Jana Evans Braziel, Assistant Professor
229B Mc Micken Hall
Department of English and Comparative Literature
University of Cincinnati
Cincinnati, OH 45221-0069
Office # (513) 556-0834
Fax # (513) 556-5960
Marie Cardinal, The Words to Say It
Reflect on Cardinal's process of self-narrativization in Chapter I. Rereading the delineation that she writes of herself on pp. 8-10, analyze the significance of this passage. How is Cardinal the absent Other for herself as Nesan is the absent Other for Nomi is Kogawa's novel Obasan? How are the images in this passage similar to Kogawa's? Why does Cardinal shift from first to third persons in the self-narrativization? How is each writerís representation of the body similar? different?
Marie's therapist says to her, "`Try to understand what happens to you, what provokes, attenuates, or accentuates your crises. Everything is important: noises, colors, odors, gestures, atmospheres. . . everything!'" (33). With this fact in mind, analyxe the first anxiety attack that she experiences (39). Why does the Louis Armstrong incite this feeling of anxiety? Fully explicate, using the language with which Cardinal describes the event. How does this rhythmical improvisation seem to unleash her unconscious emotions?
Discuss Marie's mother's response to the anxiety attack (41). What effect does this response have on Marie? How does Marie describe the bond between her mother and herself? Compare this scene in Chapter III with an earlier passage in Chapter I (last two paragraphs on p. 13) describing the effect of her family on her illness.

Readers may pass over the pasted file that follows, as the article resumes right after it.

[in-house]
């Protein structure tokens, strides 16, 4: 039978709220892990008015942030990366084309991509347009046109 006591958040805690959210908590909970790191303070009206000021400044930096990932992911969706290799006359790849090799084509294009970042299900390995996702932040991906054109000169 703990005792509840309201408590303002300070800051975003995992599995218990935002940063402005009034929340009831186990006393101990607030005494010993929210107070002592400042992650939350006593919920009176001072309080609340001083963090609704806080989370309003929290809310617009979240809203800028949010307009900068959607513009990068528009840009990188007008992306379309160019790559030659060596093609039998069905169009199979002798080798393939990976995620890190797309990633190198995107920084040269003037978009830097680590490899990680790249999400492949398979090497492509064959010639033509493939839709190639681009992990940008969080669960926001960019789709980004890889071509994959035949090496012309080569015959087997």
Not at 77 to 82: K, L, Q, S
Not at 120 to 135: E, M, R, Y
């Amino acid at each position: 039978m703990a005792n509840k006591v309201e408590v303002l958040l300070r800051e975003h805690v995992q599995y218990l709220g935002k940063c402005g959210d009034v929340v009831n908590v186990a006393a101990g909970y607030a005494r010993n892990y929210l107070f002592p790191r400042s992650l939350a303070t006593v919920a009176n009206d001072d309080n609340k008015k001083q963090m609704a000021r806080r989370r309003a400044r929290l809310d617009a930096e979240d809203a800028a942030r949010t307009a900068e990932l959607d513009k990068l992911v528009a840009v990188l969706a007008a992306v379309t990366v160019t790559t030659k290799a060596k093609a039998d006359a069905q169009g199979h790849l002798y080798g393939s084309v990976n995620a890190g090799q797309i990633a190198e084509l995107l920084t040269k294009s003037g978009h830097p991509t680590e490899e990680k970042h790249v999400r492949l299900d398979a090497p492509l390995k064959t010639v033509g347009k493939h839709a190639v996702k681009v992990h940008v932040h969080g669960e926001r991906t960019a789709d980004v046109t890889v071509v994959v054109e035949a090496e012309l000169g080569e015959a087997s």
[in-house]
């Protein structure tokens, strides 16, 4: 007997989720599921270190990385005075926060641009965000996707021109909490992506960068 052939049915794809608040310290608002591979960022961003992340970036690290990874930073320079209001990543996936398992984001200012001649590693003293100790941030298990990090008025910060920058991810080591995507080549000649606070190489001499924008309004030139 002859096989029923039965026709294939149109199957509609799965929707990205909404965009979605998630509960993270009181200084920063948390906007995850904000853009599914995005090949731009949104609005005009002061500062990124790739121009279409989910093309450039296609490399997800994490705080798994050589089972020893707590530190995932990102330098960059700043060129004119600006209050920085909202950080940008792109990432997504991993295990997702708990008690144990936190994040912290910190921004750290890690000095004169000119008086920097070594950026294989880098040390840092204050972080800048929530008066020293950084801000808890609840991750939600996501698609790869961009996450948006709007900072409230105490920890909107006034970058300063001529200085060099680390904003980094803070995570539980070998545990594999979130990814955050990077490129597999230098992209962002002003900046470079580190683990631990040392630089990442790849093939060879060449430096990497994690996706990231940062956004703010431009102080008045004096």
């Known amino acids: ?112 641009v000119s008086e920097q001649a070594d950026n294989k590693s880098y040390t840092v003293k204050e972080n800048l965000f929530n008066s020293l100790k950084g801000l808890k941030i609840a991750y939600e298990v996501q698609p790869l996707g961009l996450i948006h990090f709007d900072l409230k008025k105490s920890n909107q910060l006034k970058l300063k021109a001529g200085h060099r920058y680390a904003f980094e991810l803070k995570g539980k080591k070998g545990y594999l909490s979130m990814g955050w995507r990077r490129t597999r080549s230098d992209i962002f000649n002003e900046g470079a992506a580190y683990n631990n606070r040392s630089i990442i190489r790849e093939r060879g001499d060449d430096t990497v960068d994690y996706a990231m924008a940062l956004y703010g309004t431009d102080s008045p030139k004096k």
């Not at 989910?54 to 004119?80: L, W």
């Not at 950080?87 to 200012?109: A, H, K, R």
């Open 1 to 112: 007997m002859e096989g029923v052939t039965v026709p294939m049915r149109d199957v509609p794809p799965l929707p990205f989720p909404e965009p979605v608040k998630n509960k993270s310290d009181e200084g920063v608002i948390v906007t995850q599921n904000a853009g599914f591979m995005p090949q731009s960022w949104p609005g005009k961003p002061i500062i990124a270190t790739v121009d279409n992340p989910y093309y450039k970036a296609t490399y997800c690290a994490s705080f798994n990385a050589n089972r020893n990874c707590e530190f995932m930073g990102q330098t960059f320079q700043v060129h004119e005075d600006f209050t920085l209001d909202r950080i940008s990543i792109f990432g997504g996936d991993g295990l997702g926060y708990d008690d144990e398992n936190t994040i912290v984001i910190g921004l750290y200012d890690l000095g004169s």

What is Cardinal's treatment of sexuality in Chapter III (pp. 42-46)? Contrast and /or compare her mother and father in relation to sexuality. How do the similarities and/or differences in her parent's perspectives manifest in her own regard for sexuality? Discuss in relation to what she says about both masturbation and her first sexual experience.
In Chapter IV, Marie reflects on her father's near absence in her life, recalling scenes of his illness as well as his death. Describe the relationship between her mother and her father. Use quotes from pp. 48-53 in order to substantiate your claims. How does their failed relationship affect Marie? How does her father's illness impact Marie? What is her mother's response to the illness, and how does her response only compound Marie's own fears?
Analyze the funeral scene in Chapter IV (pp. 54-60). Describe the unusual events surrounding her father's death. How does her mother respond to his death? How does Marie respond at the time? Compare this initial response to her later reflections on the meaning of his death. How does the funeral scene reveal something about Marie's own mental illness? Explore the possible meanings of the two recurrent nightmares (pp. 61-62) and their relation to Marie's illness.
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